The point is not that VT was not efficient. Its not possible to have a fully efficient portfolio, but this is not due to the point observed in the misleading paper stated above but simply a matter of information and timing challenges. The point is two-fold:
- assuming efficient markets, its impossible to systematically beat the market; BUT
- the market doesnt consist of shares only but all liquid assets with a risk premium
=> An efficient Portfolio consists of an unknown blend of risky asset classes; a shares only investment introduces inefficiencies
When we go into details, we need to consider that the paper is flawed. Whilst an assets with marginal zero weight may be hardly imagined, a negative weight one could only be explained with an asset that is either about to go bust; or that will experience a material de-valuation. In any other scenario, a negative weight does not make sense. In such scenario (bust or de-valuation) where assets risk or return would go belly up; such assuming efficient markets implied an immediate reduction / voiding of the assets market cap to adjust to the change in return/risk. A negative weight therefore only makes sense for a i) marginally small amount of time required for Mr Market to absorb the information, ii) in case of a market inefficiency or iii) asymetric information.
This actually highlights the underlying issue which is that both return and risk may not be determined but only retrospectively observed and approximated. Hence, its impossible to establish an ideal portfolio as such would need to be based on unknown risk and return data. Assuming efficient markets however, the market will constantly translate retrospectively observed data and resulting adjustment to approximate risk/return into a change in the assets market cap; leading to a situation where a market cap represents the best possible proxy to an efficient portfolio given „known“ data. Indexing is therefore the best alternative to beeing the allknowing Mr. Market himself.
What puzzles me is that many investors in this forum go all-in on shares only. Going 100% in shares is simply a speculation on a certain market segment (shares) of the entire market (risk carying assets). The rationale behind 100% assets is maximized return but not a maximized risk weighted return. The same logic could be applied further by cutting shares into additional segments that historically warrant higher returns like small caps or Nasdaq. Whilst small cap premium might (depending on the research) be historically observed, they are not guaranteed as there is no undisputed fundamental reason for the premium to prevail. Same applies to Shares vs. e.g. Real Estate returns. What if Mr. market at any given point in time and after centuries decides that RE shall have the higher return?
Taking the Shares vs. Small Caps example to showcase the point. Whilst many investors probably agree that Small Caps might imply higher prospect returns than All Shares. Who would dare to claim that their risk weighted return was higher? Hard to do… right? Even if currently observed (which is not the case) its even harder to claim that such was just given and prevailed. The exact same thought could be applied on Shares vs. All Risky Assets. Would anyone dare to claim that shares had a higher risk weighted return than e.g. 25% Shares, 25% Real Estate, 25% Bonds and 25% Gold? We could still claim so but huh… just looking at recovery time from max drawdowns; that might be bold. And even if we could claim so… how could we justify that this overperformance prevailed?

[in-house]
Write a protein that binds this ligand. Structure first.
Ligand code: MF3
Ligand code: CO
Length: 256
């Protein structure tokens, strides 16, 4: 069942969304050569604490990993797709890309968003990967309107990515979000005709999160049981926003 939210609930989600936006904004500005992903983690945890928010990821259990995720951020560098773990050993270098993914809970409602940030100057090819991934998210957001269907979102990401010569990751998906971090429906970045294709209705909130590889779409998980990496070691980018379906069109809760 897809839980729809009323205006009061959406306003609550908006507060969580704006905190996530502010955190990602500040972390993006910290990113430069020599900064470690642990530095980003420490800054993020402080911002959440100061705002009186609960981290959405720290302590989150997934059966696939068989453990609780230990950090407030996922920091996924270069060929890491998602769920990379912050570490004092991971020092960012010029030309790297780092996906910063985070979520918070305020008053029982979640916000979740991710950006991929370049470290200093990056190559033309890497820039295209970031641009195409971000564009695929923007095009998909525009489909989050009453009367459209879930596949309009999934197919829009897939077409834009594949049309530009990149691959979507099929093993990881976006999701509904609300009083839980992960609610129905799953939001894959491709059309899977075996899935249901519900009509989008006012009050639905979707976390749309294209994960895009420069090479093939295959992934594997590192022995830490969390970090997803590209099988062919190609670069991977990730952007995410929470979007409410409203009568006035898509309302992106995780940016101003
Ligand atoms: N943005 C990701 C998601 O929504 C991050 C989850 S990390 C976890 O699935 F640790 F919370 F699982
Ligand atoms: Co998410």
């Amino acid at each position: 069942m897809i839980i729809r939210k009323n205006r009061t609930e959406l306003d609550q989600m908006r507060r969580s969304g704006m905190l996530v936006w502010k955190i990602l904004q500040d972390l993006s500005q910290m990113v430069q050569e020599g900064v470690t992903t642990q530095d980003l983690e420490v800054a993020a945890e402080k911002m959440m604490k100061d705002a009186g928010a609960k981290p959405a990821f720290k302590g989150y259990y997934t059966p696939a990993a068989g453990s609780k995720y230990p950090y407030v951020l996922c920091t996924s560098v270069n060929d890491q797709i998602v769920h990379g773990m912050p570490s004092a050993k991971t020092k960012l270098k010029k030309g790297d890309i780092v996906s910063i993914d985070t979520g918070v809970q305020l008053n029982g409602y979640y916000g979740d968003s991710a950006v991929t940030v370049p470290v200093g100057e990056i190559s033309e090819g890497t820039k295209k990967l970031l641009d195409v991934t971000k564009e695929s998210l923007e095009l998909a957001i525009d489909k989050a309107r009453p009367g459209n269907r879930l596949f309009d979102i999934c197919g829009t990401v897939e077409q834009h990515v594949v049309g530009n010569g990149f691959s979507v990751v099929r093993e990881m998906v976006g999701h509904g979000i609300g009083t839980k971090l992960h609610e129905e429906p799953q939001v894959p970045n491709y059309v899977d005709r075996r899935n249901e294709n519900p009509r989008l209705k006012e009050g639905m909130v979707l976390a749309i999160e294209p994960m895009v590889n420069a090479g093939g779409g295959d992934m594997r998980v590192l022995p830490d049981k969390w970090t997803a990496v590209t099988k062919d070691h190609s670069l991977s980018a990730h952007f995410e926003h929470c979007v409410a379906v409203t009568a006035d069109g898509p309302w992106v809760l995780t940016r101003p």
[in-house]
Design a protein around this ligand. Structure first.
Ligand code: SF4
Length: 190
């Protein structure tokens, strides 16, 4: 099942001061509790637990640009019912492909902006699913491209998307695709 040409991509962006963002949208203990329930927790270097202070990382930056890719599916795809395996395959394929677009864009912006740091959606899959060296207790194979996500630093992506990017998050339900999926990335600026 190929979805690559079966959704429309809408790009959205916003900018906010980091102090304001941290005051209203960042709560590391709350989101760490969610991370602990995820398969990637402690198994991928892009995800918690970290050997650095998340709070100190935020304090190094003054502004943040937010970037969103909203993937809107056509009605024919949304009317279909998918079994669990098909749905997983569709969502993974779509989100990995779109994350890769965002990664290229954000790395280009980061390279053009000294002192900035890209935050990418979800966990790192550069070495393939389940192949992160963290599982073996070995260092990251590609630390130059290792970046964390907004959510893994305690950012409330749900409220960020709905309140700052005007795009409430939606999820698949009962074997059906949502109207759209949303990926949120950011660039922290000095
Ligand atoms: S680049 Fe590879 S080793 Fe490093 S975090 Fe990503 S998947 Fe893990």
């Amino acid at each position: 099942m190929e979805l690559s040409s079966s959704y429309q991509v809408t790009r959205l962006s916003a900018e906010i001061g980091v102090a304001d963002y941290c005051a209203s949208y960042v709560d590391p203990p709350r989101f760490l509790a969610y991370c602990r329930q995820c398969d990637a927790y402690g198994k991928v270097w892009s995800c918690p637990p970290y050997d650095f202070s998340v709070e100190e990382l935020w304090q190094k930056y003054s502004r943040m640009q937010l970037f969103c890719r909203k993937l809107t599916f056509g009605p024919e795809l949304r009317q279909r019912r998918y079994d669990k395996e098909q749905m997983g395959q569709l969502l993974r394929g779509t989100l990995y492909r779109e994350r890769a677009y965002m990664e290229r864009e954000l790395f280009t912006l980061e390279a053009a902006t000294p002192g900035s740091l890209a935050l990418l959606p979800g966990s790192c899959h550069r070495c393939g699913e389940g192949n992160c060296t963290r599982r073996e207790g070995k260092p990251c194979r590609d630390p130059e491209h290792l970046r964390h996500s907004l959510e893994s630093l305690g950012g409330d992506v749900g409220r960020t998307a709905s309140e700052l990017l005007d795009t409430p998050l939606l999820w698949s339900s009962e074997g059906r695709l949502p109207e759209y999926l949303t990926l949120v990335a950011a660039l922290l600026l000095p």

Why not simply going even more „passive“ than just shares only? Clearly… its impossible to establish a market cap global allocation over all risky assets. Besides, such would be screwed given market unequalities and incentives, e.g. tax relieve on real estate. So the second best to an all passive global allocation is probably to use observed, estimated risk/return as well as correlation figures from investable asset classes and to build a corresponding portfolio that gets close to the desired target return yet optimizes risk and return.
And what if you not just want to get close to but actually the maximum return? Well… its still more efficient to use such optimal risk/return portfolio that is somewhat close to the desired target return… and then simply leverage or de-leverage accordingly. Leverage doesnt need to imply debt, hefty interest or margin calls (dont do that) but can be self-funded. Latest beyond the first 10 years of work, most people establish both an investment portfolio as well as a fairly moderate safety cushion that within reason could be used for „self funded leverage“.
If you still insist on max return and don‘t have such safety cushion for self leverage… in my experience you then either are at the beginnig of your investment journey where future investments compared to current investments are major… aka your future income constitutes kind of a low risk asset that you use to re-balance against (so you follow a ballanced approach without noticing as your alternative otherwise would have been to on day 1 take a loan equivalent to your next 10 years savings and immediately invested all). Or if you already had certain wealth where your future investments p.a. did not exceed e.g. 10% of your current investments and you still invested 100% on shares… well then good luck with your investment strategy and I wouldnt want to comment on what I thought of such approach. But just remember that max returns of shares over all risky assets are observed but not guaranteed and you highly likely experience a worse risk weighted return than possible.
Or in simple words… do never go 100% all in on shares; unless you anual new investments materially exceed 10% of your current investments.
The Tea Lover